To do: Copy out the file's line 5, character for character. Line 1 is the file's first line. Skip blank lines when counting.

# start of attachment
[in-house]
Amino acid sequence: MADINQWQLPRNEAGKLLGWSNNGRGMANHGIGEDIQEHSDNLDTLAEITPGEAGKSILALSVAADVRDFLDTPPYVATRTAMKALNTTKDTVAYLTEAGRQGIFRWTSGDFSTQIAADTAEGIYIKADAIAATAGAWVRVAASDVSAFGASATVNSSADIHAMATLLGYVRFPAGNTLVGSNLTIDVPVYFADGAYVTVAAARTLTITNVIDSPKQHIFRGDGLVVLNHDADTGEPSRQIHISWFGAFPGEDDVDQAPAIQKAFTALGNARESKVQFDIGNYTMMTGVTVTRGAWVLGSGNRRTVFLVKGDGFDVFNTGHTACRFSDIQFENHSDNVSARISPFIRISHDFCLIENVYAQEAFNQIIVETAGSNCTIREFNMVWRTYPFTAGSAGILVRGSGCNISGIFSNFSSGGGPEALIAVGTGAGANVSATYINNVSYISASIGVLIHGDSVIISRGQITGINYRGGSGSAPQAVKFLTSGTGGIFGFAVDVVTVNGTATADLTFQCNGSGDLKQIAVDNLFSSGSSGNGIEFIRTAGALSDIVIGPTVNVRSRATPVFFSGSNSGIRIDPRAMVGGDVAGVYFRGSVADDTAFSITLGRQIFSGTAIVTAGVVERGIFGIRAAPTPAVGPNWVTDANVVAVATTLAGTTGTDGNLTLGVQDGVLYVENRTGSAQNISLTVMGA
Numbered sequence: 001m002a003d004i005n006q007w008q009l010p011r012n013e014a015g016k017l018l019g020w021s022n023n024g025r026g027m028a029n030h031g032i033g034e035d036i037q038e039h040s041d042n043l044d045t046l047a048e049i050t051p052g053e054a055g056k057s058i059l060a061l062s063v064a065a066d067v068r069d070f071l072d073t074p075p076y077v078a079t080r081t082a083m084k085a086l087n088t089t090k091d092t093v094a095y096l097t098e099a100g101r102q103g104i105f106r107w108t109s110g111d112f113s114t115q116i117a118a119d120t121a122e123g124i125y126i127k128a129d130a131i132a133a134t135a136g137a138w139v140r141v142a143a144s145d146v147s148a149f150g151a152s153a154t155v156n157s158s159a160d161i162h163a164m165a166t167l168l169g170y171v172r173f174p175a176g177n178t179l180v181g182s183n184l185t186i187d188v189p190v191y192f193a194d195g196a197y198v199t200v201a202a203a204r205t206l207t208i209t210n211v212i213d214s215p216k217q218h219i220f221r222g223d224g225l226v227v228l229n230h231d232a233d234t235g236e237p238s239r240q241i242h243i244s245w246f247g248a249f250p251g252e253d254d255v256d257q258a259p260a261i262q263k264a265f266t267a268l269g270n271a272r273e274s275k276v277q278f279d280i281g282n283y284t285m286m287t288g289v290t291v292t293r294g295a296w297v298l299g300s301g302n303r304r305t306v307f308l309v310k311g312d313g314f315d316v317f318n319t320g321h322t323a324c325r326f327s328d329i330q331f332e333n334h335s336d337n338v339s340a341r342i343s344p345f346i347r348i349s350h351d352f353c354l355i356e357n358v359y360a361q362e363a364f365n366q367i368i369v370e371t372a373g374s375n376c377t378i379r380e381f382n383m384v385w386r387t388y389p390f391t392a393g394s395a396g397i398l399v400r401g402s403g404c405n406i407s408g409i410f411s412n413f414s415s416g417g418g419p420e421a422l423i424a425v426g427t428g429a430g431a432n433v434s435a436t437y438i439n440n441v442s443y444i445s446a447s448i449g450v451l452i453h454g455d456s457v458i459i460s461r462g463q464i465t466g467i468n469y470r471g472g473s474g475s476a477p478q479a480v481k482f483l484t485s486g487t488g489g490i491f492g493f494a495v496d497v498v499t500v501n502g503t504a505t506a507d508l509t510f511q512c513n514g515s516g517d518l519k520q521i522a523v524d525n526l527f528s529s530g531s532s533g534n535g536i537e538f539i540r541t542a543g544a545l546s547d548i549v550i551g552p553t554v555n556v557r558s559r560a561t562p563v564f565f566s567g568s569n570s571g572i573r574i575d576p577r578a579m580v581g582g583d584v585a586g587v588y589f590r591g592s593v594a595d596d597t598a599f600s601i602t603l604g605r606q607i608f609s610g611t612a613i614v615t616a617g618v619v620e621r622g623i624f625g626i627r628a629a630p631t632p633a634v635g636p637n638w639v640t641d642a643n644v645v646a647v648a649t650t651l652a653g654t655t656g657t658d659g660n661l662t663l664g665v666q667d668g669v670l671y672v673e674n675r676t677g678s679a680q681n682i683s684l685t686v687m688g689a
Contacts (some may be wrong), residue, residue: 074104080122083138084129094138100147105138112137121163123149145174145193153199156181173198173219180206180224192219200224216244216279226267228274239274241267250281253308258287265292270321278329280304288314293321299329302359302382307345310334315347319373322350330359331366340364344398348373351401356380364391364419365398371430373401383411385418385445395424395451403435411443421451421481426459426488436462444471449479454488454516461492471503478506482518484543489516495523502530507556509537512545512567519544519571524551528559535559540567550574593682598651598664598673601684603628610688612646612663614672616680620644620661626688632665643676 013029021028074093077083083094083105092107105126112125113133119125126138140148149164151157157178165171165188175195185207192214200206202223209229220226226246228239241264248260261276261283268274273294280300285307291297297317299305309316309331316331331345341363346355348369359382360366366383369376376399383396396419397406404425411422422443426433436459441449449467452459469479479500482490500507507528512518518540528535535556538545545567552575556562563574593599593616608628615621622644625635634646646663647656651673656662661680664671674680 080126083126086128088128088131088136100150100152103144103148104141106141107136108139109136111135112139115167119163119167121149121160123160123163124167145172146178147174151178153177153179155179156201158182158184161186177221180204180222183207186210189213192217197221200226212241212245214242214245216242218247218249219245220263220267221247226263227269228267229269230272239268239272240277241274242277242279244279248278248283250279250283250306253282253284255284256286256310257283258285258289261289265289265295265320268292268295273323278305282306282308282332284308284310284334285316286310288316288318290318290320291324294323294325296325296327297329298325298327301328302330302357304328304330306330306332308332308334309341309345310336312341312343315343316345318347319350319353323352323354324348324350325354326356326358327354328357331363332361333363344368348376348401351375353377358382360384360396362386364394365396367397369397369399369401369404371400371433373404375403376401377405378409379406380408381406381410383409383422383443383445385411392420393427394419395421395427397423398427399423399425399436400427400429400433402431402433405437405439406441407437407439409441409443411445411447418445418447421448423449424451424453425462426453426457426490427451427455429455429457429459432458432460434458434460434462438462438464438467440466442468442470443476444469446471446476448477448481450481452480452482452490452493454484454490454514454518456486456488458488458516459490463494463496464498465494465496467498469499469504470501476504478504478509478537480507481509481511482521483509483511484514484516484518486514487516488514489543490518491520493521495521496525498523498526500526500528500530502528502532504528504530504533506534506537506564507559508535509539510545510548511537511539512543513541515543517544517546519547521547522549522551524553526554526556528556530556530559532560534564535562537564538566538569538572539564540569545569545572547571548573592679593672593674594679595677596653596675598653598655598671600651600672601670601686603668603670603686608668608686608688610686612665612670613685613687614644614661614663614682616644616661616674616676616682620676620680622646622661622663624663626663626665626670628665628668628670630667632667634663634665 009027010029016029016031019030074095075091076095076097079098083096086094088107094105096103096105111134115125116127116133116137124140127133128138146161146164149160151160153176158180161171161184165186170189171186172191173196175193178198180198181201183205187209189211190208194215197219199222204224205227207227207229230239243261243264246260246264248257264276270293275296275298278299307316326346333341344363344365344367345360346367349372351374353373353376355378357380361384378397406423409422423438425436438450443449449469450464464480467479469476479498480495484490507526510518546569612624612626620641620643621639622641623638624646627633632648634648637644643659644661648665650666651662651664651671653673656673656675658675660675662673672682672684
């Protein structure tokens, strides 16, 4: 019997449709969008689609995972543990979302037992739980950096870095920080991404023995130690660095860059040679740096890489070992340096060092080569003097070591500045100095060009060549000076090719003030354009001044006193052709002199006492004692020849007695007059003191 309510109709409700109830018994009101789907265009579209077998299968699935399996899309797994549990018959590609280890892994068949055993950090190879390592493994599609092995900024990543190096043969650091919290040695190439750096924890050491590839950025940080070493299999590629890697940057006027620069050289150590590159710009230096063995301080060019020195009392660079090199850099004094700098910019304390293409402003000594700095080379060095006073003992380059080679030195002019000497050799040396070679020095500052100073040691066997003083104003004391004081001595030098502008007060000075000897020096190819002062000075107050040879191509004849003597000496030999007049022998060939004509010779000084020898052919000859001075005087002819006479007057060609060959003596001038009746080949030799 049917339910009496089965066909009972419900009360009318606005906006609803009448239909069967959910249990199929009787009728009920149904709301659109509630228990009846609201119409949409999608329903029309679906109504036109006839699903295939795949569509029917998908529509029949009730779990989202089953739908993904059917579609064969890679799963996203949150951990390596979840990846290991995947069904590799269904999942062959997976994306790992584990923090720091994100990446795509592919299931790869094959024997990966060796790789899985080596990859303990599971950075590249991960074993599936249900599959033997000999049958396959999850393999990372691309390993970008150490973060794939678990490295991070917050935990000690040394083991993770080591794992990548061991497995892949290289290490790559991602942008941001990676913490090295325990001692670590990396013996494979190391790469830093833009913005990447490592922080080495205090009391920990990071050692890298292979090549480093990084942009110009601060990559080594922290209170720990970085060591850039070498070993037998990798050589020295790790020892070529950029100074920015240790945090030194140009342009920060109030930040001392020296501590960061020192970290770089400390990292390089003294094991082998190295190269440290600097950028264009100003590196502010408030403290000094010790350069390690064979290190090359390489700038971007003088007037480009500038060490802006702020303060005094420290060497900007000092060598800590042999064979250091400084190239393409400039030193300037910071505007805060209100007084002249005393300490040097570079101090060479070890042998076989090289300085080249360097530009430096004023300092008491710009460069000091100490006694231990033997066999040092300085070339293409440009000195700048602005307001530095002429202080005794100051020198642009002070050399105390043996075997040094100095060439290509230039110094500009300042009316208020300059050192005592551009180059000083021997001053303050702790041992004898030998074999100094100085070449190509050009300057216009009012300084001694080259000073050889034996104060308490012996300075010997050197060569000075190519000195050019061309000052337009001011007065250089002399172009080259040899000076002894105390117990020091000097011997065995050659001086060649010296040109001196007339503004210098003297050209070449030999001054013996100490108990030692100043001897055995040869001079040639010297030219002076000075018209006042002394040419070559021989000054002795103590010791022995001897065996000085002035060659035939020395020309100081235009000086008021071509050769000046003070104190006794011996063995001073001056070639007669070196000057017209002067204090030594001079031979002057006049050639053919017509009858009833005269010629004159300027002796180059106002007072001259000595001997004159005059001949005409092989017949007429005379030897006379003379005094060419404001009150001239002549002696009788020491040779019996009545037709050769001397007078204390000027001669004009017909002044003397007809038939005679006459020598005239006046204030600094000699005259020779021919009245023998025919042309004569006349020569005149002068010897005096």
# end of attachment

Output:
């Protein structure tokens, strides 16, 4: 019997449709969008689609995972543990979302037992739980950096870095920080991404023995130690660095860059040679740096890489070992340096060092080569003097070591500045100095060009060549000076090719003030354009001044006193052709002199006492004692020849007695007059003191 309510109709409700109830018994009101789907265009579209077998299968699935399996899309797994549990018959590609280890892994068949055993950090190879390592493994599609092995900024990543190096043969650091919290040695190439750096924890050491590839950025940080070493299999590629890697940057006027620069050289150590590159710009230096063995301080060019020195009392660079090199850099004094700098910019304390293409402003000594700095080379060095006073003992380059080679030195002019000497050799040396070679020095500052100073040691066997003083104003004391004081001595030098502008007060000075000897020096190819002062000075107050040879191509004849003597000496030999007049022998060939004509010779000084020898052919000859001075005087002819006479007057060609060959003596001038009746080949030799 049917339910009496089965066909009972419900009360009318606005906006609803009448239909069967959910249990199929009787009728009920149904709301659109509630228990009846609201119409949409999608329903029309679906109504036109006839699903295939795949569509029917998908529509029949009730779990989202089953739908993904059917579609064969890679799963996203949150951990390596979840990846290991995947069904590799269904999942062959997976994306790992584990923090720091994100990446795509592919299931790869094959024997990966060796790789899985080596990859303990599971950075590249991960074993599936249900599959033997000999049958396959999850393999990372691309390993970008150490973060794939678990490295991070917050935990000690040394083991993770080591794992990548061991497995892949290289290490790559991602942008941001990676913490090295325990001692670590990396013996494979190391790469830093833009913005990447490592922080080495205090009391920990990071050692890298292979090549480093990084942009110009601060990559080594922290209170720990970085060591850039070498070993037998990798050589020295790790020892070529950029100074920015240790945090030194140009342009920060109030930040001392020296501590960061020192970290770089400390990292390089003294094991082998190295190269440290600097950028264009100003590196502010408030403290000094010790350069390690064979290190090359390489700038971007003088007037480009500038060490802006702020303060005094420290060497900007000092060598800590042999064979250091400084190239393409400039030193300037910071505007805060209100007084002249005393300490040097570079101090060479070890042998076989090289300085080249360097530009430096004023300092008491710009460069000091100490006694231990033997066999040092300085070339293409440009000195700048602005307001530095002429202080005794100051020198642009002070050399105390043996075997040094100095060439290509230039110094500009300042009316208020300059050192005592551009180059000083021997001053303050702790041992004898030998074999100094100085070449190509050009300057216009009012300084001694080259000073050889034996104060308490012996300075010997050197060569000075190519000195050019061309000052337009001011007065250089002399172009080259040899000076002894105390117990020091000097011997065995050659001086060649010296040109001196007339503004210098003297050209070449030999001054013996100490108990030692100043001897055995040869001079040639010297030219002076000075018209006042002394040419070559021989000054002795103590010791022995001897065996000085002035060659035939020395020309100081235009000086008021071509050769000046003070104190006794011996063995001073001056070639007669070196000057017209002067204090030594001079031979002057006049050639053919017509009858009833005269010629004159300027002796180059106002007072001259000595001997004159005059001949005409092989017949007429005379030897006379003379005094060419404001009150001239002549002696009788020491040779019996009545037709050769001397007078204390000027001669004009017909002044003397007809038939005679006459020598005239006046204030600094000699005259020779021919009245023998025919042309004569006349020569005149002068010897005096």